Paula’s Post #102
If you’ve been following this blog for some time, you’ll know by now that we 5writers have covered a lot of ground since the inception of our blog. Mostly about writing fiction and the various sub-topics encompassed within that general heading. In other words, not only about the process of writing itself, but also about the many obstacles and distractions that keep us from writing as often or as prolifically as we may wish.
When this blog ‘debuted’ back in September 2012, our original challenge was for the 5writers to simply ‘commit’ to trying to write a novel in just 5 months while blogging about the experience. One blog post for each 5writer, published on successive days of the week.
My day is Tuesday.
By the time our original challenge ended, however, we discovered that we’d become so heavily invested in this blog in terms of time and effort, we knew we wanted to keep it alive, even if the immediate focus (our writing challenge) had concluded.
Now, this has not always been easy. If you’re a blogger yourself, you’ll also know what we’ve all discovered: the beast must be fed.
Without the underlying suspense of our initial challenge, we discovered that our enthusiasm (and I suspect the interest and curiosity of many of our readers) occasionally began to wane. We suspect some of our original followers lost interest (those who were more interested the ‘drama’ of the challenge rather than our efforts to become better writers), but we gained others who, like us, were students of the craft of writing, trying to hone our skills.
Without a central focus, our post topics have started to diverge wildly. Sometimes, we’d manage to riff off a common theme. More often than not, we just tried to think up something ‘interesting’ to blog about, often at the 11th hour.
Which is why this past Christmas season saw me conjure up my personal list of the “Top 10 gifts for writers“:
1. The Gift of a Writers Group;
2. The Gift of Books;
3.The Gift of Travel;
4. The Gift of Experiential Activities…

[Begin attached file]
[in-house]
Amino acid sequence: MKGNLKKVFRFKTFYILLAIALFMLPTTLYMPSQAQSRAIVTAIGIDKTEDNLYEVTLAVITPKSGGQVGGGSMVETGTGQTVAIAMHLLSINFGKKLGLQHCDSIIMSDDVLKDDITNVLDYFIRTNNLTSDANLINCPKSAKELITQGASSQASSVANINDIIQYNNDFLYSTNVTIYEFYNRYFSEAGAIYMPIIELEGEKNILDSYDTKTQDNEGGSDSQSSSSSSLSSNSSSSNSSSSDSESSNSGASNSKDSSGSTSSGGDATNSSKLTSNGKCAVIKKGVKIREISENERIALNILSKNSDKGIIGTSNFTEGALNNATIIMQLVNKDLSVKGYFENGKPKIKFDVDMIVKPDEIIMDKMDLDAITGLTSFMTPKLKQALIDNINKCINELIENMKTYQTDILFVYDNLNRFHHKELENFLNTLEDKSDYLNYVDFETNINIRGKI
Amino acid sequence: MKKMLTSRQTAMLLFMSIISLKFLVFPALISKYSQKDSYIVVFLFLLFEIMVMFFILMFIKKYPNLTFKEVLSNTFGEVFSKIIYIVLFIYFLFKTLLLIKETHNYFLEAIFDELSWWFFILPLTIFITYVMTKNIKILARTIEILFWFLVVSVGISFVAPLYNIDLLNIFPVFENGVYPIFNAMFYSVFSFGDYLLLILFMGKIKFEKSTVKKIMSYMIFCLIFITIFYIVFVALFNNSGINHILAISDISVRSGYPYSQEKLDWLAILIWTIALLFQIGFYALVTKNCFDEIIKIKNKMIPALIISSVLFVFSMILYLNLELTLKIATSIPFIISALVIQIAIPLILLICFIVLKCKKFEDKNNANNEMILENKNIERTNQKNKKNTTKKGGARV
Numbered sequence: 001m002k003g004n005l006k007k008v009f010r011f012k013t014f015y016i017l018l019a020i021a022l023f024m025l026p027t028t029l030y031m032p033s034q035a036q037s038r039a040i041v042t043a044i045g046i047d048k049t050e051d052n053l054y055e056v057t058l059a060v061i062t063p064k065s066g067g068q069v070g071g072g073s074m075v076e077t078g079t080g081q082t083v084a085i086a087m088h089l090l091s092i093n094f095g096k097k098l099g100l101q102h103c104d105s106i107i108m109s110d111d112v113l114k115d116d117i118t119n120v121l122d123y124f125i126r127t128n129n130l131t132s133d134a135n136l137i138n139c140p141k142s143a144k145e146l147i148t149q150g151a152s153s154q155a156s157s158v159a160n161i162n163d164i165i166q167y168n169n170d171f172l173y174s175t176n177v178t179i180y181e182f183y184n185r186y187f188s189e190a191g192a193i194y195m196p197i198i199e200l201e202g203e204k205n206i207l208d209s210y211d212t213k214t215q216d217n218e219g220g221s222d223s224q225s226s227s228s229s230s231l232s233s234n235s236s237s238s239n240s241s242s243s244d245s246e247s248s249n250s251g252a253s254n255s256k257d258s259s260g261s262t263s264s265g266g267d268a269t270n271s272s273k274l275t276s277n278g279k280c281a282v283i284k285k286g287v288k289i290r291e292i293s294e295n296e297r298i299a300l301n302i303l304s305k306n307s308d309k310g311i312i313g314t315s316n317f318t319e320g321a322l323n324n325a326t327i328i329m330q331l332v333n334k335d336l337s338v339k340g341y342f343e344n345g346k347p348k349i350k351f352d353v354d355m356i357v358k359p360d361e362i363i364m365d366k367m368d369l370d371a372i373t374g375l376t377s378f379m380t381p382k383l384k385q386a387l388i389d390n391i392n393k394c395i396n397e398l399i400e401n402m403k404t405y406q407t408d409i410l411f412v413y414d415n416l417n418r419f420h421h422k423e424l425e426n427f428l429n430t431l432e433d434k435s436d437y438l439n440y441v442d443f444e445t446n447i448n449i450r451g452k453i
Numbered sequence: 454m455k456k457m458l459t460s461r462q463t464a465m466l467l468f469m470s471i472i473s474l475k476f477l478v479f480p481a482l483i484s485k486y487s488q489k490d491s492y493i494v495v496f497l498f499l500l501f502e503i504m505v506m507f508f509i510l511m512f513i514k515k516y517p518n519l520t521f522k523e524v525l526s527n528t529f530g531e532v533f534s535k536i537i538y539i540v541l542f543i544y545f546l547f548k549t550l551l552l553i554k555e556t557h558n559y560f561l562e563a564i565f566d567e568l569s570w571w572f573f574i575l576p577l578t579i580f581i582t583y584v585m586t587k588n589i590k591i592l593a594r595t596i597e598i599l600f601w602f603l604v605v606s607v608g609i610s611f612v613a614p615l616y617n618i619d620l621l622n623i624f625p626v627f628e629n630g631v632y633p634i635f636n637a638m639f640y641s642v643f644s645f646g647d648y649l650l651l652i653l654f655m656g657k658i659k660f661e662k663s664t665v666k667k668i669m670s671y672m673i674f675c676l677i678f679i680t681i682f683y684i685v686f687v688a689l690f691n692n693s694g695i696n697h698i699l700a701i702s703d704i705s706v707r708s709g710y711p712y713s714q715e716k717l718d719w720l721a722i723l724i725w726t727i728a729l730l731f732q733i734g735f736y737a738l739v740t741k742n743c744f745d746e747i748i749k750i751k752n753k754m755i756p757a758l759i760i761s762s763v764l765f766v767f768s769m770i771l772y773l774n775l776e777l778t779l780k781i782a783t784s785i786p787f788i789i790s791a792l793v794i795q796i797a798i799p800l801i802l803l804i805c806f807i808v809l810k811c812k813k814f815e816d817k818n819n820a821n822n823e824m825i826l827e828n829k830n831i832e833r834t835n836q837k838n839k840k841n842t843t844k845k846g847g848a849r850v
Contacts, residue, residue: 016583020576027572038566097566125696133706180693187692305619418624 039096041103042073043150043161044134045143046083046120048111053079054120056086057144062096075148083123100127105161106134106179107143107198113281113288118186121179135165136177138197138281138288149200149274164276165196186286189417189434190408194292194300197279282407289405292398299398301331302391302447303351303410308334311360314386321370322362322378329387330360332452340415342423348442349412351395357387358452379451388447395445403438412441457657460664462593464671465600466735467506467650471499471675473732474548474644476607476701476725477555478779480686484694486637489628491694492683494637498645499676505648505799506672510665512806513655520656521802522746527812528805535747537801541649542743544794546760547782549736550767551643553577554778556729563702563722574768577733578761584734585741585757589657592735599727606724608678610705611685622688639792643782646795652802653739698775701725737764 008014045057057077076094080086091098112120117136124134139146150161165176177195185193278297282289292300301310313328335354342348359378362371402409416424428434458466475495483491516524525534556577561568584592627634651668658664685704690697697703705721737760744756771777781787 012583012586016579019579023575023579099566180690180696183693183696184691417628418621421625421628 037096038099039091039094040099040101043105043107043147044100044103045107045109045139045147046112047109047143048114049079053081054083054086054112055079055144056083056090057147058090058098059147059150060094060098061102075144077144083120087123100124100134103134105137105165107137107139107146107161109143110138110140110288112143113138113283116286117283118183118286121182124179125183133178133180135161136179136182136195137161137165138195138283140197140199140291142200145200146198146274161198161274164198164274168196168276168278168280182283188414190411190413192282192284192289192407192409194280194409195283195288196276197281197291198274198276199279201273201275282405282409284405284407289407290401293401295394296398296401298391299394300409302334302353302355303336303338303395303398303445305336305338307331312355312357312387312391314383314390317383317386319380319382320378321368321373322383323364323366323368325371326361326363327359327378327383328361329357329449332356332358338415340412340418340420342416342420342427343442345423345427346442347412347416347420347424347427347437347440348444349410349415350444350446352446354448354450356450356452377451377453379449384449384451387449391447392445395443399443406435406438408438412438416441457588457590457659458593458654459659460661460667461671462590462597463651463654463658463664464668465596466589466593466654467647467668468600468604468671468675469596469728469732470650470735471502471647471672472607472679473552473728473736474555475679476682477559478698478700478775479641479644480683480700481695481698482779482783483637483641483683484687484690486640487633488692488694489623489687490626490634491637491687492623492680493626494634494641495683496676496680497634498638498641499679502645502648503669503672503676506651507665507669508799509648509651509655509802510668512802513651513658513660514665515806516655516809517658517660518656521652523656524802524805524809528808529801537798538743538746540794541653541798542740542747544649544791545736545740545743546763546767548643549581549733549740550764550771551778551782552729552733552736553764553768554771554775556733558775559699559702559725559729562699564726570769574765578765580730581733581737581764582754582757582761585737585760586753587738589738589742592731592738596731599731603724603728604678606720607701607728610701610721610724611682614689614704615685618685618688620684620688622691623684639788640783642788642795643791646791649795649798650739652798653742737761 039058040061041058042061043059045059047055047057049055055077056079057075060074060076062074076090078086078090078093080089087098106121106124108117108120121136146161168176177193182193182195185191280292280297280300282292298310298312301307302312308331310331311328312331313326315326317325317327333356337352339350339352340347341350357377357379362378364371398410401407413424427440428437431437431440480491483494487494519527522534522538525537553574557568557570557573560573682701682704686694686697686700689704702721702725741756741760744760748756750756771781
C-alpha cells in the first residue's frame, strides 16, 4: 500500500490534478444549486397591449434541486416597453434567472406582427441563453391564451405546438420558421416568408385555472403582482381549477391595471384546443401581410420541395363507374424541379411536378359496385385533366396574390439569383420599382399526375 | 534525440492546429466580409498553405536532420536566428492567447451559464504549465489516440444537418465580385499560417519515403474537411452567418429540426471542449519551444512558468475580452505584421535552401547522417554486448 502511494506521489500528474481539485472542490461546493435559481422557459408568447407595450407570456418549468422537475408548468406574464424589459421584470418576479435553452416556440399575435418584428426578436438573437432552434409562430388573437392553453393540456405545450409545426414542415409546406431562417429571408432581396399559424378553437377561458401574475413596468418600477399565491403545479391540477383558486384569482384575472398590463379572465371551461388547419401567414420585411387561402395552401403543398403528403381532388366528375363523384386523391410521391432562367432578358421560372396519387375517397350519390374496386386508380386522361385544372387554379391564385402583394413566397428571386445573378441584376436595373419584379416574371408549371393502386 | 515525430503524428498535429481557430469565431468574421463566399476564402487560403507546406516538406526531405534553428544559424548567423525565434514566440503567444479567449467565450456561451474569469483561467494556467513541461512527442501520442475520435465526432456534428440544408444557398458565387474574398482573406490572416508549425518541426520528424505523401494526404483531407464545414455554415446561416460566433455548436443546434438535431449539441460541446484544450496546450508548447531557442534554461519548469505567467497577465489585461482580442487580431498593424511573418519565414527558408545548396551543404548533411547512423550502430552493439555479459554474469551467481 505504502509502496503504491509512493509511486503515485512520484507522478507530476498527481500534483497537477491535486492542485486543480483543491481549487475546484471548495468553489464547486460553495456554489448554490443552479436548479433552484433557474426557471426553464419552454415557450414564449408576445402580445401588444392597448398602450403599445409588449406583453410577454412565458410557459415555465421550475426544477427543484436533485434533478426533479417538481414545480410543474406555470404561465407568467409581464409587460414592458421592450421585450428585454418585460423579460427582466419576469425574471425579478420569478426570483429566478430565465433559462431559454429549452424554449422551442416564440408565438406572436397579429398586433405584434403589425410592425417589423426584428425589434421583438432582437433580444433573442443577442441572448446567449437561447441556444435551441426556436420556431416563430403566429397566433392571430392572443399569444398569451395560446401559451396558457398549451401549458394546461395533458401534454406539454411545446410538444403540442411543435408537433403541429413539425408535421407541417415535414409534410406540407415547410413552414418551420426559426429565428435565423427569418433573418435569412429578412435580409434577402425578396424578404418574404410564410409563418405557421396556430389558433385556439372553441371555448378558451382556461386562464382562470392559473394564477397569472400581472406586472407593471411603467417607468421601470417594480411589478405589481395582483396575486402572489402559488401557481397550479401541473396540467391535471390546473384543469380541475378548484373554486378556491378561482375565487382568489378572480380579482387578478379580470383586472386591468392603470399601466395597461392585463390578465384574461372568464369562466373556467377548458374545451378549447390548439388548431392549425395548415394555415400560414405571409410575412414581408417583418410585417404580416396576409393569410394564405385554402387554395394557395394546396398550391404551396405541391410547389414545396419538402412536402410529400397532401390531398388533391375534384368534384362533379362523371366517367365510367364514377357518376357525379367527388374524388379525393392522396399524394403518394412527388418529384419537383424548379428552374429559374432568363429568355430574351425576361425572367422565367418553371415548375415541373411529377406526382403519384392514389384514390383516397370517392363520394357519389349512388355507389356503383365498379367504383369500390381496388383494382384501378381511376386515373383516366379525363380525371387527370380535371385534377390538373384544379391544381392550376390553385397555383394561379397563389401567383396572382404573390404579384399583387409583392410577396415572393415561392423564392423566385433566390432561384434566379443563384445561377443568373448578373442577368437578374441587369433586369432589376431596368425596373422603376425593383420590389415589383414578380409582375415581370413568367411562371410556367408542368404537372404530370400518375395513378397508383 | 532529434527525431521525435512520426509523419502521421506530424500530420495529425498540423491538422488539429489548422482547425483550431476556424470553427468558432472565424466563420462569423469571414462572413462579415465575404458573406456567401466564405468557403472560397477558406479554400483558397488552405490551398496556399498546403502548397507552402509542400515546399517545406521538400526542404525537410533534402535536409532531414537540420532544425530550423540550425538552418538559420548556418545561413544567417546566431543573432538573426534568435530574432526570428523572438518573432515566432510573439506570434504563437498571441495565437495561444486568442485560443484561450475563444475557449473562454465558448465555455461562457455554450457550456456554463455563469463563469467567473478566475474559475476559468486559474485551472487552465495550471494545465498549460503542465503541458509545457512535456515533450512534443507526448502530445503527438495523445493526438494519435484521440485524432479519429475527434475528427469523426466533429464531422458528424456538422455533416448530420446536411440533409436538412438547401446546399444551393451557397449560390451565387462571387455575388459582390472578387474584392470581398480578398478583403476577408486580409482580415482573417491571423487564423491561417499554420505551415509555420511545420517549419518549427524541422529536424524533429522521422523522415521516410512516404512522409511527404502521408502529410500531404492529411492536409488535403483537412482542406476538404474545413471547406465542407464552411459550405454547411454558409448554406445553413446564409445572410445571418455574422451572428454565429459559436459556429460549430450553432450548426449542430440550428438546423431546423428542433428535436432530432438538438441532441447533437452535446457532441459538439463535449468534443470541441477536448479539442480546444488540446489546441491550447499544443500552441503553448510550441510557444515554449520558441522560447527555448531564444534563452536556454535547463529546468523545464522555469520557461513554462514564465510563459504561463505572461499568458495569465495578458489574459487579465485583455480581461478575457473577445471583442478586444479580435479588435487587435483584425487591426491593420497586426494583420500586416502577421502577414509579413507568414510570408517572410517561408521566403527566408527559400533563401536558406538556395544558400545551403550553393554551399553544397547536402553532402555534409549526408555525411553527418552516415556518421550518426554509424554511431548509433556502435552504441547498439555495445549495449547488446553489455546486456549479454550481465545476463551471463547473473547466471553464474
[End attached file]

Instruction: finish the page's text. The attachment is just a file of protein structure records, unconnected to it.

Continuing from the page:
What the heck?
Did I lose you at number 4?
When I wrote this list a few months ago, I wanted to make the point that aspiring writers shouldn’t just hole up in some dark and dingy writer’s garret, but instead ought to get out there and experience some of life’s crazier moments. My suggestion: why ‘make things up’ if you are able to interview some experts and gain genuine knowledge necessary to write convincingly about the fictional world you are creating. Back in December, I put it this way:
We are writers. We ‘imagine’ things. But our craft demands that no matter what our imagination envisions, it must be compelling and believable. This is especially true for crime writers. So what are you waiting for? Get off your duff and get out there, don’t just sit in your office playing solitaire or doing the NY Times crossword puzzle every day. If your hero drives a twin turbo, supercharged Bentley Continental GTS, don’t just look at a pic of it on the internet. Head out to the dealership and take a look for yourself. Maybe they won’t let you actually test drive it, but you’ll at least get to explore the touch and smell of the buttery leather seats and maybe sit in the driver’s seat and check out the instrumentation. Or maybe you need to try skeet shooting, or downhill skiing, or bungee jumping (hey, this is your book, not mine). My point is that, to be a better writer, don’t just make it up. Try it out! Not only will your writing be more authentic, the thrill of the ‘experience’ may also inspire fresh enthusiasm to make the scene the very best it can be.